The acronym “DMZ” means Demilitarized Zone. As its name suggests, it is a buffer zone between North and South Korea where no military personnel, installations or activities are allowed. It is also often regarded as a stretch of no man’s land and is roughly 4 KM wide. Its purpose is to preserve the peace between both sides and avoid military confrontations. The only exception to this rule is the Joint Security Area (JSA), where troops from both sides secure an area for peaceful talks and negotiation between the leaders. The best way to think of the DMZ is as a neutral ground where the North and South can communicate.

Is the DMZ in Korea considered a combat zone?

While South Korea’s DMZ comes as close to a combat zone as can be, there is usually no active military action. In other words, you hopefully will not see any shooting or other displays of power. In fact, the Korean Demilitarized Zone’s primary purpose is to foster peace, demonstrating that safety can be achieved without having to actively exhibit force. The zone does have some very particular aspects to it. For example, the sand along the fence is kept very neatly groomed so that South Korean and American soldiers can see whether there have been any infiltration attempts by North Korean soldiers.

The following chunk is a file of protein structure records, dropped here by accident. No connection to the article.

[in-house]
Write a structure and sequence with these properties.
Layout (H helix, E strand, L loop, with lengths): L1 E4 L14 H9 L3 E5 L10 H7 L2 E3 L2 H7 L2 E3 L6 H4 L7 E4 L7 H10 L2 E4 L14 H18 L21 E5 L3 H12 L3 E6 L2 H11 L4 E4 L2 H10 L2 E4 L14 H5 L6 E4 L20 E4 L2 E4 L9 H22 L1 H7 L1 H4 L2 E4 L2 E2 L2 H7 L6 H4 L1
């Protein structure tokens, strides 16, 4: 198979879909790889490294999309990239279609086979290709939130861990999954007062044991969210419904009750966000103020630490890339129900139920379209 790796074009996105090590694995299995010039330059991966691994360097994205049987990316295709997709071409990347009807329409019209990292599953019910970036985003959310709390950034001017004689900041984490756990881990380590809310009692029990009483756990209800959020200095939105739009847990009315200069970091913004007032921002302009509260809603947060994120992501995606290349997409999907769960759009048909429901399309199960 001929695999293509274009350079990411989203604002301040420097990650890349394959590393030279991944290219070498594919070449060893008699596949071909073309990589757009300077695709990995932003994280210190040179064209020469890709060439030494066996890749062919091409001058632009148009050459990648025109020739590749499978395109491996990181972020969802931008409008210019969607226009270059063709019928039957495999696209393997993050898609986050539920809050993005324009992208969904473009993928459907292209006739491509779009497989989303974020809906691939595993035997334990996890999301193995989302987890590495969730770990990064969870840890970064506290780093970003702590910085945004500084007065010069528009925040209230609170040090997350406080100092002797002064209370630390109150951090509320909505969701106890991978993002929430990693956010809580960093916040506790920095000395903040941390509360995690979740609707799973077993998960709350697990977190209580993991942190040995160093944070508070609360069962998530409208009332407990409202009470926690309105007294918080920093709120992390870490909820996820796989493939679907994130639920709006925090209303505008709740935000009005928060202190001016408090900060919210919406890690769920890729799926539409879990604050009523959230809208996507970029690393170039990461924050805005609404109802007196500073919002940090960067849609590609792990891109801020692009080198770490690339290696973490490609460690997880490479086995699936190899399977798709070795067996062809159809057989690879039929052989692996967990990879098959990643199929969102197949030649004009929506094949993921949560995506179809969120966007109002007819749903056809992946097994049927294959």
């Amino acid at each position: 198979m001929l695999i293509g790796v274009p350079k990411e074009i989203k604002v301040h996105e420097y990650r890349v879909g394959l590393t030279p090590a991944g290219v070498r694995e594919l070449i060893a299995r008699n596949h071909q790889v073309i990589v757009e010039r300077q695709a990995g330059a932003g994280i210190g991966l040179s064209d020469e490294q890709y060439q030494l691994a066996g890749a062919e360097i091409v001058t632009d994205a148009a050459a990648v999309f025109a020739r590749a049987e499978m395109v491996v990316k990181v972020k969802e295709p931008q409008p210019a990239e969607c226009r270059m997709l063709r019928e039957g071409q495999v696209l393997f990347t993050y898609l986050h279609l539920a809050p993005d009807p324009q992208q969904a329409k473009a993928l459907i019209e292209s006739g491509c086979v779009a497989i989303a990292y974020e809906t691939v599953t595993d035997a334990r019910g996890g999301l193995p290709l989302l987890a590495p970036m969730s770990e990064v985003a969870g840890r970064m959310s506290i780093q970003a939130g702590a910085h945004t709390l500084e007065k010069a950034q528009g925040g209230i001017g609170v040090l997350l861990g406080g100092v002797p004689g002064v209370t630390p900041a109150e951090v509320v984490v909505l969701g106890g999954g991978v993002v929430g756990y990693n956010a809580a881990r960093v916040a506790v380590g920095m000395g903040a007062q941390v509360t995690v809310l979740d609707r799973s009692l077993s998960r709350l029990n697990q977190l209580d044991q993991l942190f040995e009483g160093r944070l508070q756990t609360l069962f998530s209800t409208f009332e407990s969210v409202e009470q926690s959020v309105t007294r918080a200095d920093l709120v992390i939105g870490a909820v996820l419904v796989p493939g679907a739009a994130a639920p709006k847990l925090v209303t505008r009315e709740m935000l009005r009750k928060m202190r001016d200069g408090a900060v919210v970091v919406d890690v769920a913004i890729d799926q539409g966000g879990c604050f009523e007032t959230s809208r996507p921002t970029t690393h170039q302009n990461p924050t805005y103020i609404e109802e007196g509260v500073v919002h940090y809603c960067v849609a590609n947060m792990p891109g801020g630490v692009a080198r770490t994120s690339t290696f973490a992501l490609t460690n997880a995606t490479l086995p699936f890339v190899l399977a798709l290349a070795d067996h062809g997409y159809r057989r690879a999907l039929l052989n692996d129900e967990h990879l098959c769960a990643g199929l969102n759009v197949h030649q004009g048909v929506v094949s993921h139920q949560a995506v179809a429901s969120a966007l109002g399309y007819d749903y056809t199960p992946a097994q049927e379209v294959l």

How far is the DMZ from Seoul?

A sign at Imjingak shows that the distance to Seoul is 53 km, while Kaesong is just 22 km away.

The South Korean DMZ is located around 50 kilometers in distance from Seoul (38 kilometers from Pyongyang). The journey takes about 60-90 minutes, depending on where you depart from in the city and the current traffic conditions on the day. To get there, you need to pass through several military-controlled security checkpoints. Your tour guide will request your passport, and you will be required to present it to a soldier for inspection.

Does the 38th parallel still exist?